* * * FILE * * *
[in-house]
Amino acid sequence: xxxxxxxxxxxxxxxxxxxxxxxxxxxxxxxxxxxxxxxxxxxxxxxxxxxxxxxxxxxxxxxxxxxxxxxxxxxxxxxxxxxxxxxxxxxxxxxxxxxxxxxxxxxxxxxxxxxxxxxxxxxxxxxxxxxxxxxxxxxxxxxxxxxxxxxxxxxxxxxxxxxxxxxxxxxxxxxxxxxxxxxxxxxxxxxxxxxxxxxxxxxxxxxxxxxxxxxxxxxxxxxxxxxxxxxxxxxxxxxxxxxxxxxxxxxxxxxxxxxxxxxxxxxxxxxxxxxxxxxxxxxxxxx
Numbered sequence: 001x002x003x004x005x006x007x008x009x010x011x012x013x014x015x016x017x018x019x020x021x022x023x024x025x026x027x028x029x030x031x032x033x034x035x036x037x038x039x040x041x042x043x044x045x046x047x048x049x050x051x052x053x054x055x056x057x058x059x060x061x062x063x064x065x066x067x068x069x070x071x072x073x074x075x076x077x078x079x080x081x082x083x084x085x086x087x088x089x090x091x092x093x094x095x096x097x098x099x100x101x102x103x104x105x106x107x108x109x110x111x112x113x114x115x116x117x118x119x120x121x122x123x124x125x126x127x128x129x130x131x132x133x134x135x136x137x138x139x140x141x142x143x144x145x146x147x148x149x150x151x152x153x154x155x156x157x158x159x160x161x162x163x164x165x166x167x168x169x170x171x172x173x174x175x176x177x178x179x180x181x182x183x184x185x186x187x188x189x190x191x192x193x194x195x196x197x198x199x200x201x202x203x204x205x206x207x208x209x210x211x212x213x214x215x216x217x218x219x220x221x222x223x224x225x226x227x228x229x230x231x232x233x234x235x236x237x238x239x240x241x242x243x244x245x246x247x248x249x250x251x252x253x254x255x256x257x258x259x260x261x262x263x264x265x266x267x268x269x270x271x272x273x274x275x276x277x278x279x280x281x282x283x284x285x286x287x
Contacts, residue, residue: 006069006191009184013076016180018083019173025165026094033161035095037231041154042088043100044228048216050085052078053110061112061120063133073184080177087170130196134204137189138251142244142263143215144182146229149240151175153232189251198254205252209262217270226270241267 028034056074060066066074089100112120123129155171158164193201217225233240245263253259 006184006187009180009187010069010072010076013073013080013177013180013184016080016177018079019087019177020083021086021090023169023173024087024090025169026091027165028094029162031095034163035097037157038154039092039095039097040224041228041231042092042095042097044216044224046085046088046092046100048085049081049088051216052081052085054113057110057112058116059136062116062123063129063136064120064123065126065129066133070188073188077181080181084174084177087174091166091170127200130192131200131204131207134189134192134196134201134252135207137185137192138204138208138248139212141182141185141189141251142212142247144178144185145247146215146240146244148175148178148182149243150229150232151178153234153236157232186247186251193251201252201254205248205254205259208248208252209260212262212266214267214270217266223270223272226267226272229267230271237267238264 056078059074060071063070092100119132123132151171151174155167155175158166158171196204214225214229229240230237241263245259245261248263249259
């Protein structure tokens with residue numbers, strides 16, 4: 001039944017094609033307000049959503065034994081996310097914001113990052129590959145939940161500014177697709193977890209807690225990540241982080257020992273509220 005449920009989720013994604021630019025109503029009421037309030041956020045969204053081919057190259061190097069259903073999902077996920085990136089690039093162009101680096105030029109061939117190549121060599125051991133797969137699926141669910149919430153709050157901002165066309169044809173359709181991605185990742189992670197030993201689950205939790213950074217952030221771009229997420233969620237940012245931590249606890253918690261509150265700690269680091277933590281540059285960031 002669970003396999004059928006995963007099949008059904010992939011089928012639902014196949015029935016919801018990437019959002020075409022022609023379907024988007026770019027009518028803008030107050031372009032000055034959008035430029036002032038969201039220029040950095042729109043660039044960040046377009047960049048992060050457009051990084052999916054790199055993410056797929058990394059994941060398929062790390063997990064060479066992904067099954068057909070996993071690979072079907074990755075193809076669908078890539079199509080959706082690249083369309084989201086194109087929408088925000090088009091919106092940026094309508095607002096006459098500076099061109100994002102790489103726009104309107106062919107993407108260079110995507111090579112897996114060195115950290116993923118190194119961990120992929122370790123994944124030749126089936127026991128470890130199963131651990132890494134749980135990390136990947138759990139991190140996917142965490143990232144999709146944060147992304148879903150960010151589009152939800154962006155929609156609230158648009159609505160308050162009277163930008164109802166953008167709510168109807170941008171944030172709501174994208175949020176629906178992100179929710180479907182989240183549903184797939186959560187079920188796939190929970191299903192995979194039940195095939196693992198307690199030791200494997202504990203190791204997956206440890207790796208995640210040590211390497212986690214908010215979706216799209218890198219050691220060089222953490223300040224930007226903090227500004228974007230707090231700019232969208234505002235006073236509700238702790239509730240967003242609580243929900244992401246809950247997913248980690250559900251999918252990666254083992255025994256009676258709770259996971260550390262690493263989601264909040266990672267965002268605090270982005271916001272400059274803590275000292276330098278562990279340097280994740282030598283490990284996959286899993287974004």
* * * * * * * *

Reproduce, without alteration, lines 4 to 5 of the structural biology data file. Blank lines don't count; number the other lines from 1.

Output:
Contacts, residue, residue: 006069006191009184013076016180018083019173025165026094033161035095037231041154042088043100044228048216050085052078053110061112061120063133073184080177087170130196134204137189138251142244142263143215144182146229149240151175153232189251198254205252209262217270226270241267 028034056074060066066074089100112120123129155171158164193201217225233240245263253259 006184006187009180009187010069010072010076013073013080013177013180013184016080016177018079019087019177020083021086021090023169023173024087024090025169026091027165028094029162031095034163035097037157038154039092039095039097040224041228041231042092042095042097044216044224046085046088046092046100048085049081049088051216052081052085054113057110057112058116059136062116062123063129063136064120064123065126065129066133070188073188077181080181084174084177087174091166091170127200130192131200131204131207134189134192134196134201134252135207137185137192138204138208138248139212141182141185141189141251142212142247144178144185145247146215146240146244148175148178148182149243150229150232151178153234153236157232186247186251193251201252201254205248205254205259208248208252209260212262212266214267214270217266223270223272226267226272229267230271237267238264 056078059074060071063070092100119132123132151171151174155167155175158166158171196204214225214229229240230237241263245259245261248263249259
């Protein structure tokens with residue numbers, strides 16, 4: 001039944017094609033307000049959503065034994081996310097914001113990052129590959145939940161500014177697709193977890209807690225990540241982080257020992273509220 005449920009989720013994604021630019025109503029009421037309030041956020045969204053081919057190259061190097069259903073999902077996920085990136089690039093162009101680096105030029109061939117190549121060599125051991133797969137699926141669910149919430153709050157901002165066309169044809173359709181991605185990742189992670197030993201689950205939790213950074217952030221771009229997420233969620237940012245931590249606890253918690261509150265700690269680091277933590281540059285960031 002669970003396999004059928006995963007099949008059904010992939011089928012639902014196949015029935016919801018990437019959002020075409022022609023379907024988007026770019027009518028803008030107050031372009032000055034959008035430029036002032038969201039220029040950095042729109043660039044960040046377009047960049048992060050457009051990084052999916054790199055993410056797929058990394059994941060398929062790390063997990064060479066992904067099954068057909070996993071690979072079907074990755075193809076669908078890539079199509080959706082690249083369309084989201086194109087929408088925000090088009091919106092940026094309508095607002096006459098500076099061109100994002102790489103726009104309107106062919107993407108260079110995507111090579112897996114060195115950290116993923118190194119961990120992929122370790123994944124030749126089936127026991128470890130199963131651990132890494134749980135990390136990947138759990139991190140996917142965490143990232144999709146944060147992304148879903150960010151589009152939800154962006155929609156609230158648009159609505160308050162009277163930008164109802166953008167709510168109807170941008171944030172709501174994208175949020176629906178992100179929710180479907182989240183549903184797939186959560187079920188796939190929970191299903192995979194039940195095939196693992198307690199030791200494997202504990203190791204997956206440890207790796208995640210040590211390497212986690214908010215979706216799209218890198219050691220060089222953490223300040224930007226903090227500004228974007230707090231700019232969208234505002235006073236509700238702790239509730240967003242609580243929900244992401246809950247997913248980690250559900251999918252990666254083992255025994256009676258709770259996971260550390262690493263989601264909040266990672267965002268605090270982005271916001272400059274803590275000292276330098278562990279340097280994740282030598283490990284996959286899993287974004």